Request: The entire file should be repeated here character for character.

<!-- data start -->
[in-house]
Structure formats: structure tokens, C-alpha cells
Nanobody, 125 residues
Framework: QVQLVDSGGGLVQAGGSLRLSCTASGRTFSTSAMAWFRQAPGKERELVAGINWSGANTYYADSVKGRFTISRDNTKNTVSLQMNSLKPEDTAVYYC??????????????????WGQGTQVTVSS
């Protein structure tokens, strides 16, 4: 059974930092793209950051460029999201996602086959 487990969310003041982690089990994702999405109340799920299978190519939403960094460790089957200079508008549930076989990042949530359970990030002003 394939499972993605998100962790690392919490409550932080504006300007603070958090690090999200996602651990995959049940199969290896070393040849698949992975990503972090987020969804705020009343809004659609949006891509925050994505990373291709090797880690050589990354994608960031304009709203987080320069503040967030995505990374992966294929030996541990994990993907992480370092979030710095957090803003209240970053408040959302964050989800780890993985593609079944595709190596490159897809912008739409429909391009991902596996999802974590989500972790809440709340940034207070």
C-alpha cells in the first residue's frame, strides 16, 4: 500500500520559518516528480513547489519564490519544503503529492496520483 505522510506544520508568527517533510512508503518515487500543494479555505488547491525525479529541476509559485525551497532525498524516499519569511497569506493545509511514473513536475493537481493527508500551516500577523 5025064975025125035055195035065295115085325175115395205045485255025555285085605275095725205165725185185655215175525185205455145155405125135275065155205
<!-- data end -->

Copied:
[in-house]
Structure formats: structure tokens, C-alpha cells
Nanobody, 125 residues
Framework: QVQLVDSGGGLVQAGGSLRLSCTASGRTFSTSAMAWFRQAPGKERELVAGINWSGANTYYADSVKGRFTISRDNTKNTVSLQMNSLKPEDTAVYYC??????????????????WGQGTQVTVSS
């Protein structure tokens, strides 16, 4: 059974930092793209950051460029999201996602086959 487990969310003041982690089990994702999405109340799920299978190519939403960094460790089957200079508008549930076989990042949530359970990030002003 394939499972993605998100962790690392919490409550932080504006300007603070958090690090999200996602651990995959049940199969290896070393040849698949992975990503972090987020969804705020009343809004659609949006891509925050994505990373291709090797880690050589990354994608960031304009709203987080320069503040967030995505990374992966294929030996541990994990993907992480370092979030710095957090803003209240970053408040959302964050989800780890993985593609079944595709190596490159897809912008739409429909391009991902596996999802974590989500972790809440709340940034207070």
C-alpha cells in the first residue's frame, strides 16, 4: 500500500520559518516528480513547489519564490519544503503529492496520483 505522510506544520508568527517533510512508503518515487500543494479555505488547491525525479529541476509559485525551497532525498524516499519569511497569506493545509511514473513536475493537481493527508500551516500577523 5025064975025125035055195035065295115085325175115395205045485255025555285085605275095725205165725185185655215175525185205455145155405125135275065155205